ps. yes I know coal-fired cranes and locos were used inside works, but I bet they were never popular.
    Its hard to believe 100 odd years later on, but the London Underground used steam locos from its inception in the early 1860s until electrification started in the early 1900s, by which time the system was carrying millions of passengers a year.

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  • RLWP
    replied
    Originally posted by Evan View Post
    Everyone is correct. The difference is simply because of using what was available in various situations. Everything I have learned about compressed air engines is that they usually ran on at least close to 1000 psi or more. That doesn't mean you can't run it on 100 psi but does mean it sure won't go far or pull as much.
    Yep, I'll bet if you ran it on 100psi, it would probably only go 100 feet

    hang on a minute....

    Richard

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  • Evan
    replied
    Everyone is correct. The difference is simply because of using what was available in various situations. Everything I have learned about compressed air engines is that they usually ran on at least close to 1000 psi or more. That doesn't mean you can't run it on 100 psi but does mean it sure won't go far or pull as much.

    Leave a comment:


  • JCHannum
    replied
    It sounds like 1-800miner's engine was a rig of sorts to get by when the electric engine was lost.

    This page from the previous link clearly shows the design was for the main receiver tank to be presurized to 150 atmospheres. This pressure was reduced twice before being introduced into the engine. The engine illustrated bears a very close resemblence to the engine in the OP photos.

    http://www.douglas-self.com/MUSEUM/L.../airloco.htm#p

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  • Weston Bye
    replied
    I agree with miner as to the pressure. It is certainly possible to achieve higher pressures with an intensifier - a large piston pushing a smaller piston to pump high pressure, but such things use a lot of air that won't get into the loco. I built one that uses 100psi air to produce 1200psi hydraulic pressure that is used daily for leak testing fuel injector coils. The same is done with air.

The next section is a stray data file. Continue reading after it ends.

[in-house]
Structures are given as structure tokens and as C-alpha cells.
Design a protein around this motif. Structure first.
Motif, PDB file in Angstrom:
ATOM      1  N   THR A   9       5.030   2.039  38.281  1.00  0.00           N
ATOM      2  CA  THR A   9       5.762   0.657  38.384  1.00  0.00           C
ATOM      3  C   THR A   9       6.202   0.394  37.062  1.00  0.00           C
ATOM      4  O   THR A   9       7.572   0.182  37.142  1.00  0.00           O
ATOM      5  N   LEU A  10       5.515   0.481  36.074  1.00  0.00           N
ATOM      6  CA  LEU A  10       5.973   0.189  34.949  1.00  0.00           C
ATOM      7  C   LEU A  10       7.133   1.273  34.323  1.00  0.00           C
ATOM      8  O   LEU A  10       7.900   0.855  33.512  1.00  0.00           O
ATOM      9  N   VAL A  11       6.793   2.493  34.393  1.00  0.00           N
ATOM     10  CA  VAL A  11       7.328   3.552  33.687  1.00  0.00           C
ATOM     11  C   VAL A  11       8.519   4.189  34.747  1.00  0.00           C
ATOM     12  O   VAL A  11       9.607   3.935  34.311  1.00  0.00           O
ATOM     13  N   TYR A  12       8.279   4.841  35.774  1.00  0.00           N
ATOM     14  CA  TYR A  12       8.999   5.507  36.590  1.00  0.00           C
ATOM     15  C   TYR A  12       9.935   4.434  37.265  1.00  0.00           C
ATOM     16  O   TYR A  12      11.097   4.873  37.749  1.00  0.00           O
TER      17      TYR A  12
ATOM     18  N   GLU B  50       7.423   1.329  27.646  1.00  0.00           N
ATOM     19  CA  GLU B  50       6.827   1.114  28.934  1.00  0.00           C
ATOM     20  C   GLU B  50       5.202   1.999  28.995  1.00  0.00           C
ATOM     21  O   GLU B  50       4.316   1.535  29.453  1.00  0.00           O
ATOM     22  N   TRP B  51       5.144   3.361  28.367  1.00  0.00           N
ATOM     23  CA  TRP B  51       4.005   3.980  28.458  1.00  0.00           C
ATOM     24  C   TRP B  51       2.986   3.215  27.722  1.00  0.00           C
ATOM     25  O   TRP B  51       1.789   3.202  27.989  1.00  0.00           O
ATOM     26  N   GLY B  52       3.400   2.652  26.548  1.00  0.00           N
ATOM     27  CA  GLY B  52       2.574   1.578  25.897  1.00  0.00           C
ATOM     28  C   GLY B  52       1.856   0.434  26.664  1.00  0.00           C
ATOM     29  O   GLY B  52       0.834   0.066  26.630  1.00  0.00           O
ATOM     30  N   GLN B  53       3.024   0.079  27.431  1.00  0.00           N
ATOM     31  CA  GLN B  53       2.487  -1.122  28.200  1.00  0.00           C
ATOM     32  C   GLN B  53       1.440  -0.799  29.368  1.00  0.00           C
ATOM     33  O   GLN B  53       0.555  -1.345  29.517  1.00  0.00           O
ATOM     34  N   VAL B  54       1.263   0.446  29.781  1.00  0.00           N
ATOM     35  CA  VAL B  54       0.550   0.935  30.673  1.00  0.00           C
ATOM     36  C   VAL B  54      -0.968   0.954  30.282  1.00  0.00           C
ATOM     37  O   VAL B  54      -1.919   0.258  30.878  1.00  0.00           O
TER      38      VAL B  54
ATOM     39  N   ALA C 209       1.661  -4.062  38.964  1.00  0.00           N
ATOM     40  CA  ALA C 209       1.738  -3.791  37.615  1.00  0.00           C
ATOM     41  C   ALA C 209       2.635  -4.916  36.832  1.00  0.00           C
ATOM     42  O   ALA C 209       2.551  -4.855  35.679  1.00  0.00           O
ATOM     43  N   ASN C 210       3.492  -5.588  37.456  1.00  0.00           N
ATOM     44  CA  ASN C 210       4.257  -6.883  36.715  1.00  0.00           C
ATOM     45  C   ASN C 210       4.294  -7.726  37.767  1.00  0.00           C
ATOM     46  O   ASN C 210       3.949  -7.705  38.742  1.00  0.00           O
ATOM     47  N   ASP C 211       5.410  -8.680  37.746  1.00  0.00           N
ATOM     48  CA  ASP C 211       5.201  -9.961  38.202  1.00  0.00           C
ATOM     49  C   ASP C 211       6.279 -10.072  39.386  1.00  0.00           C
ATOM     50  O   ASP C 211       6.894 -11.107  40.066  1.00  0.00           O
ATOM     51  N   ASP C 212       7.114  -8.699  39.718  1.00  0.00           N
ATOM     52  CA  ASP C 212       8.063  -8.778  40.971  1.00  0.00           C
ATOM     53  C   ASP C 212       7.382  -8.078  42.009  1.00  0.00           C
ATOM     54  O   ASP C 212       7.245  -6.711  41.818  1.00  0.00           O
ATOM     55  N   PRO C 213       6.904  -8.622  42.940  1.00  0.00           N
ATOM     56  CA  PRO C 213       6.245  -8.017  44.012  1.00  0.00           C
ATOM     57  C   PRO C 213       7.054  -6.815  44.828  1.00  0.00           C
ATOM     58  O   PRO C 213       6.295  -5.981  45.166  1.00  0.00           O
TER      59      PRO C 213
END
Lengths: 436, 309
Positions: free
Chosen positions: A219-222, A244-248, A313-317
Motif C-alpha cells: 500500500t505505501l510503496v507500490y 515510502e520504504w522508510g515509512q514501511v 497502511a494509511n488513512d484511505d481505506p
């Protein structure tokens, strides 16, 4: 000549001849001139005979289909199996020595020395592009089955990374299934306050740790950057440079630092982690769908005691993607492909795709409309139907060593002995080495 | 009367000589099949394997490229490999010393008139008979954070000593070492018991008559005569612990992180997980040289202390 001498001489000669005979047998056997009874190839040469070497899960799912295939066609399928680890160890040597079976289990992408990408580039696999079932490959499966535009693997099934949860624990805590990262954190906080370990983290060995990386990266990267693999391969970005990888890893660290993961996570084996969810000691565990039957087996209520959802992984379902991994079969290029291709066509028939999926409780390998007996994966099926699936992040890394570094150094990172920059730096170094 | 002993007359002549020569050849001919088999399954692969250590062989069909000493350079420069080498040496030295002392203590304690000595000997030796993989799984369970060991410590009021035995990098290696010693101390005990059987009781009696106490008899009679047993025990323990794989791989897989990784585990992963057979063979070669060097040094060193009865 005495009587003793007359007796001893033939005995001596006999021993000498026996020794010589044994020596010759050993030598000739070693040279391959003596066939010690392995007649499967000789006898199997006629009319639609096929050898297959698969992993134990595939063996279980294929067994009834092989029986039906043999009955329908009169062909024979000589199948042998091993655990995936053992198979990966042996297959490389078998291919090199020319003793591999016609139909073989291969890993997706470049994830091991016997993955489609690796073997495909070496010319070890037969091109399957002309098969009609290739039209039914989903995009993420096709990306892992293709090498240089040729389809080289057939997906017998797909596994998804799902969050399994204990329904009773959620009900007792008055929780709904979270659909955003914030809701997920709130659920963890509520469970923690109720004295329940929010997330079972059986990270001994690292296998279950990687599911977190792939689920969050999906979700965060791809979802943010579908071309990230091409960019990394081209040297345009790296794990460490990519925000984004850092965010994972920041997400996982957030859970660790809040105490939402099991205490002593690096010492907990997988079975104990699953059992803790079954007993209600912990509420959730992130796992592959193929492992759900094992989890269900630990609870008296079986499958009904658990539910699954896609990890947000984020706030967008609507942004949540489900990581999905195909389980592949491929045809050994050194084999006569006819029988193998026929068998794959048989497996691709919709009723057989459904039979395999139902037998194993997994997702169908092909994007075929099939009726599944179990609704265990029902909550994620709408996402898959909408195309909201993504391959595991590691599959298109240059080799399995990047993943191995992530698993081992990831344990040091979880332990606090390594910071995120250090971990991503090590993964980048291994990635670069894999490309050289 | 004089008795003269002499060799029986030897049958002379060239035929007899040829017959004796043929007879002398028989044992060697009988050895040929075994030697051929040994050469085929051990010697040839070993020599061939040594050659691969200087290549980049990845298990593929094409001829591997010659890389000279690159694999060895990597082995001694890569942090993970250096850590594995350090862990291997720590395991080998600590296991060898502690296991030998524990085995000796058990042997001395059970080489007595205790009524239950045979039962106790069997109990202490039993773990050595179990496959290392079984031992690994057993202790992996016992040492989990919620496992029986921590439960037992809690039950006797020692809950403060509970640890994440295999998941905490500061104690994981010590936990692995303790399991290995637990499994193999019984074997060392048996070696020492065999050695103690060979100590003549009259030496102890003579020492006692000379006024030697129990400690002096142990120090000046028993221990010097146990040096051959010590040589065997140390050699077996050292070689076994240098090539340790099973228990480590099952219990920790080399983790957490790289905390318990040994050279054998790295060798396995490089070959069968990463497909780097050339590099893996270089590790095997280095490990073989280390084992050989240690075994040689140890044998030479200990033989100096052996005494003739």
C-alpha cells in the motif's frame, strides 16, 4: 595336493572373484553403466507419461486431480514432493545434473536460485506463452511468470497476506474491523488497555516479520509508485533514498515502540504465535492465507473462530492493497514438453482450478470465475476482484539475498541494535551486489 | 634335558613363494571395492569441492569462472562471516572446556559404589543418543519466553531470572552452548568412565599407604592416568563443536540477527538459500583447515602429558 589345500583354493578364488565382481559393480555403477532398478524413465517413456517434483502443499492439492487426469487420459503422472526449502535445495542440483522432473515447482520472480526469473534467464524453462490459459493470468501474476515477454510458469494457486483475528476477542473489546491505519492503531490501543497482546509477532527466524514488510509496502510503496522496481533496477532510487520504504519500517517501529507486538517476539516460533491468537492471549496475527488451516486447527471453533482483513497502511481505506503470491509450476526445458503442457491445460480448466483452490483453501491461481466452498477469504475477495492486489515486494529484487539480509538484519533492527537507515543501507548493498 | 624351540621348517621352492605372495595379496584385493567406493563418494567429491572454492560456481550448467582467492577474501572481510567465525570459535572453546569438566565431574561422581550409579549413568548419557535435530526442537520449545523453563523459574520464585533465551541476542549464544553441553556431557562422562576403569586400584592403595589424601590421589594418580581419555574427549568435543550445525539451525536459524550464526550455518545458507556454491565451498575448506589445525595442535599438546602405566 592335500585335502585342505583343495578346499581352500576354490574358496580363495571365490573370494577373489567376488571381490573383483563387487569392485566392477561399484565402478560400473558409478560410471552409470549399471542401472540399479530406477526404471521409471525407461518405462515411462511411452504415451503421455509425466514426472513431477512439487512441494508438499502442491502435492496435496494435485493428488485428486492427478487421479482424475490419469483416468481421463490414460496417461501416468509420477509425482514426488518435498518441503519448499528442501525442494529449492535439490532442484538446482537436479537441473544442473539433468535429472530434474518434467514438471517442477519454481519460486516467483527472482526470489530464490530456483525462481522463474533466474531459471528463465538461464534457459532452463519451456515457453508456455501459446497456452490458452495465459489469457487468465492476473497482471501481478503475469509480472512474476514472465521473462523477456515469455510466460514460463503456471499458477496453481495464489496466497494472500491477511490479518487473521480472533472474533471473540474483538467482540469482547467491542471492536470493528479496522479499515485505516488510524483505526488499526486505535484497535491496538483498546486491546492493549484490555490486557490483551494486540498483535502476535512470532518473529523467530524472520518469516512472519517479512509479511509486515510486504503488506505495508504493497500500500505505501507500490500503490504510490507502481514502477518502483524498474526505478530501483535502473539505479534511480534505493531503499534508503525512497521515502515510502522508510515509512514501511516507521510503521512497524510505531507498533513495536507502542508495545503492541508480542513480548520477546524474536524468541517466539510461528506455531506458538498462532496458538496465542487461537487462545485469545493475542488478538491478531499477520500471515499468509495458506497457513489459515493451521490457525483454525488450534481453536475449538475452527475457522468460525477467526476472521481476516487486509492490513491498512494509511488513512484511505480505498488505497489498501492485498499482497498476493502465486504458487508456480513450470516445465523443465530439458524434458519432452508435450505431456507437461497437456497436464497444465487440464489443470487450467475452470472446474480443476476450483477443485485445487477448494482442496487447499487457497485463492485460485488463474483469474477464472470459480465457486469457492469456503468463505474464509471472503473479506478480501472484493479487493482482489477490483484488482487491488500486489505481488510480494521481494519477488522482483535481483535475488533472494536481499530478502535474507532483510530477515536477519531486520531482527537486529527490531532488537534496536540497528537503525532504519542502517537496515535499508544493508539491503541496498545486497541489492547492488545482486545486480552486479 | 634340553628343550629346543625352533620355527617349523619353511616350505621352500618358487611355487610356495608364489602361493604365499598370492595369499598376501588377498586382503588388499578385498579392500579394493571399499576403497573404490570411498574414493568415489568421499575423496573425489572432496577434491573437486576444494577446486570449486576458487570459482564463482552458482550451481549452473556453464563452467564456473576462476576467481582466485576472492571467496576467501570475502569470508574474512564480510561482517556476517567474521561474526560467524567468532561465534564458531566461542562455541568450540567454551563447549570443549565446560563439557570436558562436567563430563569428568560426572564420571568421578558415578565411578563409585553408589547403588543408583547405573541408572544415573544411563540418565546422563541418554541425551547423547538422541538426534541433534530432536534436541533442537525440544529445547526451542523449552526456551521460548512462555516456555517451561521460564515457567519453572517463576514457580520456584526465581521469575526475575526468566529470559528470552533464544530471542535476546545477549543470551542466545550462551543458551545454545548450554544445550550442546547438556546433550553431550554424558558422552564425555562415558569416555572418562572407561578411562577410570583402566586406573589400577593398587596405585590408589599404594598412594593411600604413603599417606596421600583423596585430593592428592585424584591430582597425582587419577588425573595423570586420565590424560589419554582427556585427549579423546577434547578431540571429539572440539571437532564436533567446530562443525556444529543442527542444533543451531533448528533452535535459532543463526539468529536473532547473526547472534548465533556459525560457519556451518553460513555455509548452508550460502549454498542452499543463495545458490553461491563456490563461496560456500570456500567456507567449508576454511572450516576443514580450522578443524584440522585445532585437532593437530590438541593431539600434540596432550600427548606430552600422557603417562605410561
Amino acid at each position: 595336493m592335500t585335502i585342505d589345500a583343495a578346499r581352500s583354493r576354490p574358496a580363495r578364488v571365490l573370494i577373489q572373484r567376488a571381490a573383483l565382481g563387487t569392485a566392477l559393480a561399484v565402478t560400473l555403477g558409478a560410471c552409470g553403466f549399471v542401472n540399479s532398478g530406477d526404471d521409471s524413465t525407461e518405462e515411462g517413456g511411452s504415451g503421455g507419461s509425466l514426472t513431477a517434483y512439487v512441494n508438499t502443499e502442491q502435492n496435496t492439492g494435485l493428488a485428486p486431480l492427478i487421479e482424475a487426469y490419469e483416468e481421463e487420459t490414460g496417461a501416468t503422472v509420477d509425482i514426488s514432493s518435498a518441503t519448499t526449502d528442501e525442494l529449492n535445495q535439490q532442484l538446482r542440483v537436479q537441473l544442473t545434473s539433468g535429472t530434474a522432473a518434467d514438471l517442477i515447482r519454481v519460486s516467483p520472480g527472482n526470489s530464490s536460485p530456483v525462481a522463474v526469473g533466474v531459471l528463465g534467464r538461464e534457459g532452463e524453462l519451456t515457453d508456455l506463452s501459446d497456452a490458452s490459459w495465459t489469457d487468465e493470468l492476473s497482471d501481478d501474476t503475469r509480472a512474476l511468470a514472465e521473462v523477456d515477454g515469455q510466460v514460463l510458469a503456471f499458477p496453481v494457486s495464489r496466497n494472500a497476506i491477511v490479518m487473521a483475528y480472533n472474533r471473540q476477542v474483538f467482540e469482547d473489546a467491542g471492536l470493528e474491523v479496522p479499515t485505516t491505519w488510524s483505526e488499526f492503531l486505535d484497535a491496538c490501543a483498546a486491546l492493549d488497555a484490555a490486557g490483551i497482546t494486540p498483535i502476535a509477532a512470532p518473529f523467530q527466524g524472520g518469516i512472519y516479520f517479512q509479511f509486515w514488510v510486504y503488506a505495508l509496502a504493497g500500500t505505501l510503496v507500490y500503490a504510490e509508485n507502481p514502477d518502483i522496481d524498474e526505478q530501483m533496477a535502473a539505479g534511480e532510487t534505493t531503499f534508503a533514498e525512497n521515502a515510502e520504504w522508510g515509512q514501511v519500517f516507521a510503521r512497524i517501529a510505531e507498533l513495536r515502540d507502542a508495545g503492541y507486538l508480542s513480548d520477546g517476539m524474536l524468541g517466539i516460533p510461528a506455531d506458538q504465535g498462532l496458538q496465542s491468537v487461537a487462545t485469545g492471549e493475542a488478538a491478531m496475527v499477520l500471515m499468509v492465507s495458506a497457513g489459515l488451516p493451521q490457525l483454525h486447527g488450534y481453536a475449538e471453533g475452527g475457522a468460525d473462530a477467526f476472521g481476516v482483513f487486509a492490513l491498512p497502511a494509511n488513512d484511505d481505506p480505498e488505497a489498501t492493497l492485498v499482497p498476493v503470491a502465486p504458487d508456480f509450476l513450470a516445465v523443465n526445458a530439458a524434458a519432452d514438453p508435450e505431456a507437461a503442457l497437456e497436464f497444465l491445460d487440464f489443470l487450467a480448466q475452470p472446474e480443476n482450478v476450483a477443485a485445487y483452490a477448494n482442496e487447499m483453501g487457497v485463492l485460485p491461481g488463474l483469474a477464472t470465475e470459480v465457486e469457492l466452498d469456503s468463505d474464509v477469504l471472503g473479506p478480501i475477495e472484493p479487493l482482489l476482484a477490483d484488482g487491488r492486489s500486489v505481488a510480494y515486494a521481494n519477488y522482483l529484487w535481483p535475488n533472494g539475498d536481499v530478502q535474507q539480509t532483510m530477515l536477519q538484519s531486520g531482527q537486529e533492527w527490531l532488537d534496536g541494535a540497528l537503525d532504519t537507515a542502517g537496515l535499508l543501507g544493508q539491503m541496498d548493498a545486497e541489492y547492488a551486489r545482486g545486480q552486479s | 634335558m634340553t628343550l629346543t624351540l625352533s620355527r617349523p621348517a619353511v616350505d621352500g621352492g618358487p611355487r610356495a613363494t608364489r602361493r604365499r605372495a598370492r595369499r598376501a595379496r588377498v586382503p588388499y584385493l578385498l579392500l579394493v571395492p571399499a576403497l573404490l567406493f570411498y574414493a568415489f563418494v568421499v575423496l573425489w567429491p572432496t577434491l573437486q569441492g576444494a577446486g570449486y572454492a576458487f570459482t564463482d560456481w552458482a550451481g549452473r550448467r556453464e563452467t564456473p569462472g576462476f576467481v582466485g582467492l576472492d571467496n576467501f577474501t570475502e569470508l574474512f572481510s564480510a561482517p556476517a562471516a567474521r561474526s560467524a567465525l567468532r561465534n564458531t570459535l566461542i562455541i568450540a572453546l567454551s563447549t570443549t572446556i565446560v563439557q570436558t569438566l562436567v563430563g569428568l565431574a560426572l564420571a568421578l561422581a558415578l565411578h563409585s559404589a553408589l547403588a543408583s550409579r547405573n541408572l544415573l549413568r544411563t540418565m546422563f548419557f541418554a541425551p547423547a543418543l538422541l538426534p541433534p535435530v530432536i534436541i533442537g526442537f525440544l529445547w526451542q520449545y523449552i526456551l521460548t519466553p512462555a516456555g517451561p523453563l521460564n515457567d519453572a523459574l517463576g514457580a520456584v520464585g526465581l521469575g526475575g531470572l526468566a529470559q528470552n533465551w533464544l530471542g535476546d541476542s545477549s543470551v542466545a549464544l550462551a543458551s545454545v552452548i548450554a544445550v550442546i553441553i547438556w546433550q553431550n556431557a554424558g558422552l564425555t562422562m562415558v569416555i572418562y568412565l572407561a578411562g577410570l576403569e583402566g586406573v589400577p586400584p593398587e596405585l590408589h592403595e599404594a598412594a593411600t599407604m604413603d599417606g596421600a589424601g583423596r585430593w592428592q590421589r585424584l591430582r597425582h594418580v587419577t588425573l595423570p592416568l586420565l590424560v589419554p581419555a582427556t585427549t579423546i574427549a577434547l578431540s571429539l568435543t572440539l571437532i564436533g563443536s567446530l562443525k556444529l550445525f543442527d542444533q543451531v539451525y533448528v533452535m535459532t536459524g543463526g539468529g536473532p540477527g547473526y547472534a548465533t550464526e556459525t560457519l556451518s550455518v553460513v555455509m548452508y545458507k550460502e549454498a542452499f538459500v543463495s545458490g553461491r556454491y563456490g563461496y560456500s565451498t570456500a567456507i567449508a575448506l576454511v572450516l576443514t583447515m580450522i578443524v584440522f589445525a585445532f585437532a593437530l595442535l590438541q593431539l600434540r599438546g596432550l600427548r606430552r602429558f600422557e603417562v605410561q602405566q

Such a simple device could be mounted on the loco, and it would huff and puff like a Westinghouse steam air compressor all the time it was filling the tank - and waste a lot of air. Miner would probably have mentioned it.

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  • kf1002002
    replied
    The heavy plate and rivets in the picture do seem to imply a higher pressure than 100 psi; but remember that for a given pressure the barrel stress will be proportional to the tank diameter.
    At the mine where I worked the air was used for drills and mucking machines; there were no air powered locos and know darned well it was in the ballpark of 100---125 psi.

    Ken

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  • 1-800miner
    replied
    I was there. I was the one charging it. Out in the compressor shed was a Gardner Denver 750 compressor that would fill the entire canyon with black smoke if you tried to adjust the pressure past 130.
    I have worked maybe a hundred mines and tunnels and its always 120 to 150.
    I know that msha has a limit on air pressure used underground. I could look up the number in the regulations,but I am sure its under two hundred.

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  • J Tiers
    replied
    Originally posted by 1-800miner View Post